Don't know if any of this is useful, hope so!
Jenny - posted on 08/24/2009
Hi--my son has ADHD/ ADD and Asperger's--the only way I had figured out that he had Asperburgers is by his facial expressions--its called aphasic. It is almost similar to a person who has had a stroke. Also, my youngest nephew has Autism, and having spent time around him, I realized, my son had similar traits. However, don't give up, Remeber--you know your child better than anyone, and if you think something is wrong, continue to find him help. Even with mild Austim or Asperger's, you are the best source of information. Also, there is a wonderful book, called, "All Cats have Asperger's" and while its geared for a child to understand his/her disability, as a parent, you realize, you jsut have a very unique child
Dottie - posted on 08/23/2009
with out the proper test this is very difficult to diagnose ,my son showed his first signs at the age of 2 he acted like he did not hear us most of the time, he had limited eye contact, he was talking , his play was limited to certain types of toys, sensory was an issue,noises,food , textures he covered his ears a lot, did not get diagnosed until age 7 with pervasive developmental disorder nos Known as PDD_NOS which is on the spectrum you need to further research things on your own as we know that other things mimic different disorders, but children with Autism can have many different things together such as ADHD, OCD, Anxiety, depression,seizure disorder.
the best place to get information is autismsocietyofamerica.com
blessing to you
Emma - posted on 08/22/2009
he has a specialist for his adhd and has an apointment coming up but he just seems to get worse...and the school is a joke....they like complaining to us parents that there is a problem but wen it comes to them tellin doctors etc they say oh hes fine...i had to go via lots of channels myself just to get him diagnosed adhd...
Sarita - posted on 08/22/2009
my son haves adhd and a mild case of autism, my distict sent him to a center to get diagnose and now he is in a special school to help him, and I have to say it has done him great help.. try your school distric to see if they can help you
Emma - posted on 08/22/2009
thanku for the comments they have really helped and stacey al lot of wot u said is my son all ova except the good behaviour...to me at the moment he seems like a bad tempered teenager but hes 6...he has started to lash out alot more he doesnt fluff but the eye contact the hearing.his speech is ok but sometimes he does seem to stutter a bit likehe concentrating so hard..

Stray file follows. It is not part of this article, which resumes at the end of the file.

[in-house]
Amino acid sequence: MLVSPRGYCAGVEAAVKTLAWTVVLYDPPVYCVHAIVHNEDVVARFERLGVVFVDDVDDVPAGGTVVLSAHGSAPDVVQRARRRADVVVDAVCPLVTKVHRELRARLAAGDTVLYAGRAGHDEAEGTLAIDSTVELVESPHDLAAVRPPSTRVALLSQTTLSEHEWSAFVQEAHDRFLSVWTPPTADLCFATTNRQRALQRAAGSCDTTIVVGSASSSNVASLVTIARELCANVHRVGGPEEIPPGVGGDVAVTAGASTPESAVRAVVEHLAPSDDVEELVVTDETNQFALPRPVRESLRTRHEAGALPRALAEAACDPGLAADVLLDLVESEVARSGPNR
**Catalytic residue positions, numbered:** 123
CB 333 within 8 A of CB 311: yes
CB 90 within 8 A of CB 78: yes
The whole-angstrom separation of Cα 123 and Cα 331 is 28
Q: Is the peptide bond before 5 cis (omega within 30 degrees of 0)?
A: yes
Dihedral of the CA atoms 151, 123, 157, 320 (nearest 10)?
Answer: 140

IESHA - posted on 08/22/2009
Hello there, well it took quite some time before my son was diagnosed but in the mean time an in between time i was reading an researchin everything under the sun i could about autism. I found alot of things. So jus look up things on the net, google, ask doctors, peds, everyone an everywhere. The only dumb question is the one you DONT ASK. Good luck babe, an dnt forget we're always here.
Stacey - posted on 08/21/2009
Go to www.puttingyourkidsfirst.com & on the right hand side there is a PDD assessment, obviously it is not a proper assessment, but it may give you an idea & it may just be helpful to look at some of the indicators and make you think about them.
Kit - posted on 08/20/2009
I'd go to the library and read, read, read! There are many different ways in which your child can exhibit autistic behaviors but the main three behaviors are - lack of speech/communication; repetitive behaviors; and lack of joint attention (basically means your child doesn't find it important to share interests with you, doesn't point to objects, doesn't look at objects you point to, doesn't follow your eye gaze). If your child exhibits 2 of these behaviors some will consider your child "on the autism spectrum."
Laura - posted on 08/20/2009
FIRST THING TO DO IS BRING YOUR CHILD TO A DEVELOPMENTAL PEDIATRIC DOCTOR AND A NEUROLOGIST. YOU CAN ALSO FIND AN AUTISM WEBSITE THAT WILL ASK YOU QUESTIONS ABOUT YOU CHILD WHICH WILL HELP YOU ASSESS IF YOUR CHILD HAS CHARACTERISTICS OFAUTISM.
HOPE THIS HELPS- LAURA
hey emma . the first thing i suggest u do is contact your local health visitor or gp and ask if there is any way you could get advice or tests to find out, it took me a while to get my son diagnosed with autism spectrum, dont lose heart or faith in the nhs system there are many clubs and many people with good advice out there, good luck